Backlog hits record May 2007
There are no signs of orders slowing and the backlog has reached record levels — 5,740 commercial jets on firm order as of mid–May, about 29% of the global fleet, with another 1,900 or so on option.
The last time the backlog got close to this level, in proportionate terms, was in 1990 when the lessors, particularly GPA, were attempting to dominate the production schedules. That all ended with a serious airline recession and the collapse of GPA and other lessors.
This time around there are differences. The airline industry no longer seems to be in thrall to the global GDP cycle, partly because in a low–inflation world the cycle seems to have smoothed out, unless we are deluding ourselves. Also, India and China are now major generators of aircraft demand, with 15% of aircraft on order. By contrast, US carriers currently only account for 10% of the backlog.
Narrowbodies account for two thirds of the aircraft on order, which is of course largely a reflection of the LCC phenomenon, and this is the major difference between now and the early 1990s — a structural change in the industry with a more efficient operating model replacing an outmoded version in the short/medium haul markets.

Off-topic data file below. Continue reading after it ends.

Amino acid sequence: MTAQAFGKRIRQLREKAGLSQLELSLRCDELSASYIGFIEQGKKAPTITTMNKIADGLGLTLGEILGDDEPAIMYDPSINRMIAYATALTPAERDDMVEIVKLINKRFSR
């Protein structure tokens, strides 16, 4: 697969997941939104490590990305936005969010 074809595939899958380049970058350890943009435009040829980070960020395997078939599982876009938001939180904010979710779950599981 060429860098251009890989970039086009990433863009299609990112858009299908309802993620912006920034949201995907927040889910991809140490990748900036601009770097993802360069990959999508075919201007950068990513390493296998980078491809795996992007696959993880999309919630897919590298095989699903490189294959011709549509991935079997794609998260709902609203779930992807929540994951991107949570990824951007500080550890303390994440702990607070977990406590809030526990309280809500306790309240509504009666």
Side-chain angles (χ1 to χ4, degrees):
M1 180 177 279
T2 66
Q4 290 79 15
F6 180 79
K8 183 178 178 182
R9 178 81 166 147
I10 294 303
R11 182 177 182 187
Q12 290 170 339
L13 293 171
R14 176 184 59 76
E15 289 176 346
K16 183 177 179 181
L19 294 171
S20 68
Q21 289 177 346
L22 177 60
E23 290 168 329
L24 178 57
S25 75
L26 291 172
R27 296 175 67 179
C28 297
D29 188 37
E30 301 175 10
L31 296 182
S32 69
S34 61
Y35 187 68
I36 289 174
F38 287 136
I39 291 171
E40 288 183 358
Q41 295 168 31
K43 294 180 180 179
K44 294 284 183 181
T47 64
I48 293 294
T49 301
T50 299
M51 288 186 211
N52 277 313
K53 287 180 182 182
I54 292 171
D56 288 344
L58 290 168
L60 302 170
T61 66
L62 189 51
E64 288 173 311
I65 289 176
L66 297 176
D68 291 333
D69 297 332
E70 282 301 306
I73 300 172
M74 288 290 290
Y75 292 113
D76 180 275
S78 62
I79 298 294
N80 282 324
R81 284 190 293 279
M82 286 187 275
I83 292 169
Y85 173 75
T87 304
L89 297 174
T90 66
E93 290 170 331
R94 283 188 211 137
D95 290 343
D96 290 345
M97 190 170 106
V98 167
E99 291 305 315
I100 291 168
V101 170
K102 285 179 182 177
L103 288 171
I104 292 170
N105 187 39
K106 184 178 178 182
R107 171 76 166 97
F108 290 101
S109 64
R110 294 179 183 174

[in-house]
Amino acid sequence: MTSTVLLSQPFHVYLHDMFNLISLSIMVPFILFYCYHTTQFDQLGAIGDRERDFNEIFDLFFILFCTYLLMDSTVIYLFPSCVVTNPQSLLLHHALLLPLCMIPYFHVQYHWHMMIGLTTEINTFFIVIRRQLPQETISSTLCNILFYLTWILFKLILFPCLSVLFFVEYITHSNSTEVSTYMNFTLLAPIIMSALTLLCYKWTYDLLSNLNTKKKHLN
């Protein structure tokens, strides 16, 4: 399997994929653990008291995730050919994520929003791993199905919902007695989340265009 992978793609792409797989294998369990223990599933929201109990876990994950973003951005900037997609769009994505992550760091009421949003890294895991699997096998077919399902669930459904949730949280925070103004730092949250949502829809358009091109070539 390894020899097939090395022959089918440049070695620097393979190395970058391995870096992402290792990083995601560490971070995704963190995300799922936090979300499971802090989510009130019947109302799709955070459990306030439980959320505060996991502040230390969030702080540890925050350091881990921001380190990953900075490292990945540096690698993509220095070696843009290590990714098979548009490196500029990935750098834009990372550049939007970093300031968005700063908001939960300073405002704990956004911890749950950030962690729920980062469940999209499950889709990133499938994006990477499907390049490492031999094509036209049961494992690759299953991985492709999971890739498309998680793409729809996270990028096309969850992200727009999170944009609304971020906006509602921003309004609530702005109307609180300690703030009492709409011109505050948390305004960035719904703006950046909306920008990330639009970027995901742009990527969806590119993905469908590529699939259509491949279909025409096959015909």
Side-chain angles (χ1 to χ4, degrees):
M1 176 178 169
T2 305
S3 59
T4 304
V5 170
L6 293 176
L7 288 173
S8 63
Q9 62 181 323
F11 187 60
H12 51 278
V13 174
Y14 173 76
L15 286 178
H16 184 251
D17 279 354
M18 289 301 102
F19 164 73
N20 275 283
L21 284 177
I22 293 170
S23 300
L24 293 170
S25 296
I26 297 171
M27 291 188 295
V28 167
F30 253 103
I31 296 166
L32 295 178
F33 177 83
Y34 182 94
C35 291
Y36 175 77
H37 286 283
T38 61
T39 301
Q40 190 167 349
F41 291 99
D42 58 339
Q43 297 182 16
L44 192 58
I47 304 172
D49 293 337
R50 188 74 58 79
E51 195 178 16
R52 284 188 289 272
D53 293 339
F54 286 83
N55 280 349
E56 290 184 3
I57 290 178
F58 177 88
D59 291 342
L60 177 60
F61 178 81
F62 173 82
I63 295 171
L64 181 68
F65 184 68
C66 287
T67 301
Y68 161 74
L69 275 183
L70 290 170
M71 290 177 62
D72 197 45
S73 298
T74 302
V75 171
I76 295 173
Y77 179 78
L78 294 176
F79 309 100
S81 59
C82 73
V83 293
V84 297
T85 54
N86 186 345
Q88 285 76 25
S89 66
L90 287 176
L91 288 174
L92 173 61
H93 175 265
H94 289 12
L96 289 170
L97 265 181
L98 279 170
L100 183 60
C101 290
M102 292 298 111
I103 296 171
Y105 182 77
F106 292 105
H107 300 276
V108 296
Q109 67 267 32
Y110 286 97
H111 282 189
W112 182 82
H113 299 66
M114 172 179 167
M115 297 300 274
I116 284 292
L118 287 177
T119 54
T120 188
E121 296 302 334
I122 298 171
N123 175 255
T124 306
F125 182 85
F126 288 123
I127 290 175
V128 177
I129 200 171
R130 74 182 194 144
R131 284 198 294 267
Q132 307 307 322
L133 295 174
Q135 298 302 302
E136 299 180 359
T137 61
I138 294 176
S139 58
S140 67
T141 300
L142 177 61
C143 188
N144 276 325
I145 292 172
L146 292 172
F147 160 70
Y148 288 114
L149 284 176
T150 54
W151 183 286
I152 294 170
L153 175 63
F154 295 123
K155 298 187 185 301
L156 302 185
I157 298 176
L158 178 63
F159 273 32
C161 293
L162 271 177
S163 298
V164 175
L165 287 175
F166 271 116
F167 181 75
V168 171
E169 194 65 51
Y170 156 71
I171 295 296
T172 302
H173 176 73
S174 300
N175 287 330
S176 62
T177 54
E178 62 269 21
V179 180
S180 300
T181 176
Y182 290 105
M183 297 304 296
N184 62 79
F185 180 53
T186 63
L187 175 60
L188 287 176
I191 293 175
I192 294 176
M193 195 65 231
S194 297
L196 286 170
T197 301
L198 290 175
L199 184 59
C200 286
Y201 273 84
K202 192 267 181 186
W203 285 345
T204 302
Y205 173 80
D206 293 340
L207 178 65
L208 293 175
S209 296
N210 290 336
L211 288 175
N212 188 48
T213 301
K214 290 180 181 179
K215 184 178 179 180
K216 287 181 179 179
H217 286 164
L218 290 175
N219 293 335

The demand for new narrowbodies is such that at current production rates the backlogs equate to about six and half years of deliveries for A320s and five and half years for 737–800s. There is a major incentive for airlines to maximise order volumes as far as the finance will stretch — in order to achieve the lowest possible unit price and to leverage negotiations on delivery slots. It can all go wrong, however, if the market that these aircraft are delivered into turns out to be too small or too competitive to absorb them.
There would appear to be potential for rationalisation within the backlog, with weaker customers forced to surrender their slots to stronger competitors. Or there is the possibility that some of the airlines with substantial orders might evolve into leasing companies.